The Drupal Association
Back in early February I got myself elected to the Drupal Association (DA) board. Last week, I attended my first board meeting in Denver at DrupalCon. It made me feel a whole lot better about this new role, because until then, I'd not really had a chance to do anything. Other than agree the DA should open a bank account in Europe so we can better deal with European currencies and events.
All board agendas, info packets, and meeting minutes are accessible in google docs.
Firstly, it was really great to meet the rest of the board. Only one member was absent, so I look forward to meeting him at some point in future. This was the association's first public, open, in person, board meeting. Transparency is a key tenet for the new Drupal Association, and open board meetings are an important part of how we're going to strive to create a more open and transparent organisation. Nedjo Rogers made a great post explaining the history behind the "new Drupal Assocation".
I tried to live tweet the meeting too, but was only partially successful at that. We had some official business to attend to: Dries signed some documents (to go ahead and open the previously agreed bank account), we went through the financials, looked at the great work done by some MBA Students at Portland State University on exploring ways the DA could diversify it's revenue base, and generally got an update on all the projects and initiatives currently underway. Angela "webchick" Byron presented the results of her research into how we might actually meet our goal of improving Drupal.org - the beating heart of both our community and the project itself. Vesa Palmu tabled a draft working proposal on external drupal brand marketing that had come out of one of the BoFs at the conf.
I asked questions, and listened attentively to the thoughts offered by fellow board members. I made stupid remarks based on my ignorance, and was politely asked to hold my tongue a couple of times so we could get through the massive agenda ahead of us. That's nothing new, people have been asking me to be quiet since primary school. ;) I know I spoke more than I should have, and not as intelligently or eloquently as I would have liked. But it was a start. I'm looking forward to making my time on the board over the coming months as useful and effective as possible.
The Drupal Association? So, what is that exactly?
The stated mission of this US non-profit organisation is:
The Drupal Association fosters and supports the Drupal software project, the community and its growth.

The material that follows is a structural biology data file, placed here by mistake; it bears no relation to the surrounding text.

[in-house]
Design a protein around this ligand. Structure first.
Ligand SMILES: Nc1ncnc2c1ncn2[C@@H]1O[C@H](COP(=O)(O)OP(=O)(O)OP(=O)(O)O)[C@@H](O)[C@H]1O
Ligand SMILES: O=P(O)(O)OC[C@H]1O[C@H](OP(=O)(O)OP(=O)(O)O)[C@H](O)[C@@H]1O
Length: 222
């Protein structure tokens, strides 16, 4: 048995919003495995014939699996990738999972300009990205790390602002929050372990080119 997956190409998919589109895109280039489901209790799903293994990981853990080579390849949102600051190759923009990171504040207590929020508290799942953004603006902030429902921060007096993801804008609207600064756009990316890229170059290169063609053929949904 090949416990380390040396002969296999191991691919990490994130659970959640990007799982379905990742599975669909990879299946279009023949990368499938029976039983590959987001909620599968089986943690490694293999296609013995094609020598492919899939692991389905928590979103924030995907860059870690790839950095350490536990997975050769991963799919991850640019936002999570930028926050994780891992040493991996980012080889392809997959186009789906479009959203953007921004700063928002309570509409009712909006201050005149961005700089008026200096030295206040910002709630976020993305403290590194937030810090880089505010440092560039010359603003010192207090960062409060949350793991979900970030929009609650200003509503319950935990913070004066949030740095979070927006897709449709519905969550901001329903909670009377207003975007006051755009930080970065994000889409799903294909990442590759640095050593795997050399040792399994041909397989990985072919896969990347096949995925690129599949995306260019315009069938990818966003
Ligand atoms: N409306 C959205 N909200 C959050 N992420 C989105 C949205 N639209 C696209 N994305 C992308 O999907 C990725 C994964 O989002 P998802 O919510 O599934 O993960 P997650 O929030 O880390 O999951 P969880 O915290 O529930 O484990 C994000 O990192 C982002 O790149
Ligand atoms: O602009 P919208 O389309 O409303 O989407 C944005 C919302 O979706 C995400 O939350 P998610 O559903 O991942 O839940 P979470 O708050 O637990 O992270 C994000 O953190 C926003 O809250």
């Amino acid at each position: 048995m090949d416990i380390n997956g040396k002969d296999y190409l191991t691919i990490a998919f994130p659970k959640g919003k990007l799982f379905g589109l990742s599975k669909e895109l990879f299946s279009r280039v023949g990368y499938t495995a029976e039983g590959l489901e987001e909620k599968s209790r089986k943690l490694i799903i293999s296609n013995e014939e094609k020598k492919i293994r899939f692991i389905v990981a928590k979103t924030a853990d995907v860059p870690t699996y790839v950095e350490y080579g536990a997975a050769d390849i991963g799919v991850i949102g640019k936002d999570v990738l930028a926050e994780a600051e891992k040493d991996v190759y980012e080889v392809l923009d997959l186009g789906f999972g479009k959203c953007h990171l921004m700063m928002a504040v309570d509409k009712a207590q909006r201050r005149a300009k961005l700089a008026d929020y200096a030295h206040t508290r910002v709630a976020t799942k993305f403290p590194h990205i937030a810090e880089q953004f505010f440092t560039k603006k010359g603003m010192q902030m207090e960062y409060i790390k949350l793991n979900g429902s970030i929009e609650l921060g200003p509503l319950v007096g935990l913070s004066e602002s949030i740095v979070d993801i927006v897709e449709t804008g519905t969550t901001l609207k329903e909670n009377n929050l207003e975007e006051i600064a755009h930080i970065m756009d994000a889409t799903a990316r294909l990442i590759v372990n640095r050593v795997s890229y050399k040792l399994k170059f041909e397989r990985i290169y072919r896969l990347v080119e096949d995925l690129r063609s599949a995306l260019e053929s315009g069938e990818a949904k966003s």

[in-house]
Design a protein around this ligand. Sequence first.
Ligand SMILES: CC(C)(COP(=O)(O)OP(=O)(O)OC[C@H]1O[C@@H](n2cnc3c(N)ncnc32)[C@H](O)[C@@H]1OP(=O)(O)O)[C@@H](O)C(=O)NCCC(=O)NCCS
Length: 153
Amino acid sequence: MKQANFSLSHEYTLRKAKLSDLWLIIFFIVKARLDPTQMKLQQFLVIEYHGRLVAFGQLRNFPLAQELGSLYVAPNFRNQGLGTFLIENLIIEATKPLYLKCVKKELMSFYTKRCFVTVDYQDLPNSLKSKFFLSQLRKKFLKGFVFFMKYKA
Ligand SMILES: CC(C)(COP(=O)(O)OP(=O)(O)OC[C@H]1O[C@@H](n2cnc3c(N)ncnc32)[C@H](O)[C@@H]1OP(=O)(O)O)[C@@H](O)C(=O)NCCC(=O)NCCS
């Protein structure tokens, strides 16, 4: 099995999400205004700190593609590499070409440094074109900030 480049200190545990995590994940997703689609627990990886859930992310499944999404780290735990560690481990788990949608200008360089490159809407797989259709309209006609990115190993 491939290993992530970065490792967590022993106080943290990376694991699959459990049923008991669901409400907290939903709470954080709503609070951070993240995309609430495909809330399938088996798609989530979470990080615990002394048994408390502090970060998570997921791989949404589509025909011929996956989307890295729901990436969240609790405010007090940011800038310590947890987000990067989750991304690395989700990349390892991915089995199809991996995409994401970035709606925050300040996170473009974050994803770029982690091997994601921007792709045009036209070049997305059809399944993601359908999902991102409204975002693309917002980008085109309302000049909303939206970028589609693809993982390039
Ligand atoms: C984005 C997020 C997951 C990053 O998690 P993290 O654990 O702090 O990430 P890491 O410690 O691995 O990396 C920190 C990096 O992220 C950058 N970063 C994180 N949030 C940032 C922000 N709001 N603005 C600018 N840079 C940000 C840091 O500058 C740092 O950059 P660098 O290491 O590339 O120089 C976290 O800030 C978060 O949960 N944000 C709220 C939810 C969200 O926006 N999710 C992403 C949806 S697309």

The Drupal Association does this by:
- Maintaining the hardware and software infrastructure of Drupal.org and other community sites.
- Empowering the Drupal community to participate in and contribute to the project.
- Protecting the GPL source code of the Drupal project and its community contributions.
- Protecting the Drupal project and community through legal work and advocacy.
- Organizing and promoting worldwide events.
- Communicating the benefits of the Drupal software.
The Drupal Association is funded by memberships, donations and proceeds from events such as DrupalCon.
The Drupal Association has no authority over the planning, functionality and development of the Drupal software.
I've highlighted some of the key words and phrases I think are most important.
Over the past month and a half, since being elected to the board of the Drupal Association, I've been thinking about this mission statement, asking questions, and listening to key members of the community. I got a huge opportunity to do a whole lot more of that at DrupalCon last week in Denver. [sidenote: which by the way, was brilliant. Sadly, I didn't see a single session, so I'm looking forward to catching up by watching the videos here http://blip.tv/drupalcondenver ]
Mission statements can be deeply meaningless, unless we have a common understanding of what they're really trying to say. I spent some time looking at definitions of "foster", as I suspect that word was chosen with great care. It's a great word. It means to nurture, to help grow, but it also implies a duty to do this without ownership of the thing being fostered.
The Drupal Association does not own Drupal, the association serves the Drupal community.
There is a strategic plan of action for 2012, which was set in December, before I joined the board. If you've not yet read it, I really urge you to take a look, and participate where you can. This is what the team at the DA will be focussed on this year, alongside putting on DrupalCon in Munich and Sao Paolo. There were many other things considered at the board retreat. But strategy is as much about stating what you're not doing, as on what you are. This way we can better focus our energy and resources. This is not to say those things are not important, just that we have to prioritise the use of our limited resources.
This year, those priorities are:
- Improve the collaboration tools on drupal.org and make it rock for developers
- Organize "Drupal Day" global trainings to solve talent issue
- Drupal as a career choice through University Programs
- Directory of all trainings to solve talent issue
- Regional events targeted at developers organized by DA staff
- Make d.o awesome for site builders (vs. developers) - module reviews, docs, etc.
Each of those links to an outline and discussion of these priorities.
As one of the elected community representatives on the board - please let me know if you have issues and ideas you want us to consider.
If you use Drupal, consider becoming a member of the association.
If you use Drupal and would like to help make it better, dive in and become a contributor!
If you just want to help the Drupal Association meet it's goals in 2012
please consider making a Donation.